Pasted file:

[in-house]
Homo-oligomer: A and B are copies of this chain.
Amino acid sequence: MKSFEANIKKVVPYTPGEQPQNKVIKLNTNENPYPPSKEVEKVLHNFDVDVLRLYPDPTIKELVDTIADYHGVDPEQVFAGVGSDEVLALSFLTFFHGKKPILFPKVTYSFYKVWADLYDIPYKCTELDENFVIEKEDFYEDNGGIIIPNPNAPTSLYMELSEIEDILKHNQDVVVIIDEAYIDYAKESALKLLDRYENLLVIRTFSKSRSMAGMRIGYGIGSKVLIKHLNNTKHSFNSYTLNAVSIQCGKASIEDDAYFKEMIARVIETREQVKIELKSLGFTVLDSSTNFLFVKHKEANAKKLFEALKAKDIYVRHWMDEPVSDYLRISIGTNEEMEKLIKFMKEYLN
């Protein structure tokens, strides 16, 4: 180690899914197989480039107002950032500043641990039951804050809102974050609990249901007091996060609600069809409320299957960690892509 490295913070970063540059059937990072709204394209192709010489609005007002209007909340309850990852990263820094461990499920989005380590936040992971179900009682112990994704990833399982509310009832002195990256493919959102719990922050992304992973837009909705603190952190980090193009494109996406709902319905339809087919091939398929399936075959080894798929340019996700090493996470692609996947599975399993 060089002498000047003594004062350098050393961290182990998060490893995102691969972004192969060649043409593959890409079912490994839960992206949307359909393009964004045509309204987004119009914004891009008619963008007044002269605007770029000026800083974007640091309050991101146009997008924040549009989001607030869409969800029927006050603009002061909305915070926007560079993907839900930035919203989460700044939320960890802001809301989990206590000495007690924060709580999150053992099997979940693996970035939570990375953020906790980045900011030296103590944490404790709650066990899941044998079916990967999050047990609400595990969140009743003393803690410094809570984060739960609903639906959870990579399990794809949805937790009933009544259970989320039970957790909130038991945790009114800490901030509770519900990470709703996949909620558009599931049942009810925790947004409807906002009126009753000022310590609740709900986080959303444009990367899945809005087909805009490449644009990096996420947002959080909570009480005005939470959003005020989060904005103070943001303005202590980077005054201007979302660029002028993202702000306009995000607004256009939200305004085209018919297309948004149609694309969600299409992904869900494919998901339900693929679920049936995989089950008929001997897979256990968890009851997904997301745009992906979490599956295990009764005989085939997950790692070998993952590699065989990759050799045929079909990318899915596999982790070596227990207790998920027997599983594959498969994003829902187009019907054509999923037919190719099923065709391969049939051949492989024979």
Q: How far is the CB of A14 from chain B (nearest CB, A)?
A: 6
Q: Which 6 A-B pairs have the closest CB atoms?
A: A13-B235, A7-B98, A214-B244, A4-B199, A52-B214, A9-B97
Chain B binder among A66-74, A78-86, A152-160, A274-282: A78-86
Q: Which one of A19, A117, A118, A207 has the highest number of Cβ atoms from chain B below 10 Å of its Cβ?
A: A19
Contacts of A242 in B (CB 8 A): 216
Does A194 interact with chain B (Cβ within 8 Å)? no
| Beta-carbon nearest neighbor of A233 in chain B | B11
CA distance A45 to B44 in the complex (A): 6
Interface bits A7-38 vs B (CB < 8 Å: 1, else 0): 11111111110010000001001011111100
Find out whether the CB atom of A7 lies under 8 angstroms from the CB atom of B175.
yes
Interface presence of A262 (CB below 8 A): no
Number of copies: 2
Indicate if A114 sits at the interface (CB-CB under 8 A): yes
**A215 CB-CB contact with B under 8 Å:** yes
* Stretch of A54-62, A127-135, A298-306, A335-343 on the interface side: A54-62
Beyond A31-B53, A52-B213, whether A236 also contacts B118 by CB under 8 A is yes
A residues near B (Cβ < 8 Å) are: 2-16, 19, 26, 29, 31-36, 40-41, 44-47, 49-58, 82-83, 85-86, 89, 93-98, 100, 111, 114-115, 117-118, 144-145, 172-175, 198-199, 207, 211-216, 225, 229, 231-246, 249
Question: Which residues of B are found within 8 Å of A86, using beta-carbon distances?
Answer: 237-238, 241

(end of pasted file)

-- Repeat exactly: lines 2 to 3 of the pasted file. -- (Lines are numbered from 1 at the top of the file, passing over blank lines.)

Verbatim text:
Homo-oligomer: A and B are copies of this chain.
Amino acid sequence: MKSFEANIKKVVPYTPGEQPQNKVIKLNTNENPYPPSKEVEKVLHNFDVDVLRLYPDPTIKELVDTIADYHGVDPEQVFAGVGSDEVLALSFLTFFHGKKPILFPKVTYSFYKVWADLYDIPYKCTELDENFVIEKEDFYEDNGGIIIPNPNAPTSLYMELSEIEDILKHNQDVVVIIDEAYIDYAKESALKLLDRYENLLVIRTFSKSRSMAGMRIGYGIGSKVLIKHLNNTKHSFNSYTLNAVSIQCGKASIEDDAYFKEMIARVIETREQVKIELKSLGFTVLDSSTNFLFVKHKEANAKKLFEALKAKDIYVRHWMDEPVSDYLRISIGTNEEMEKLIKFMKEYLN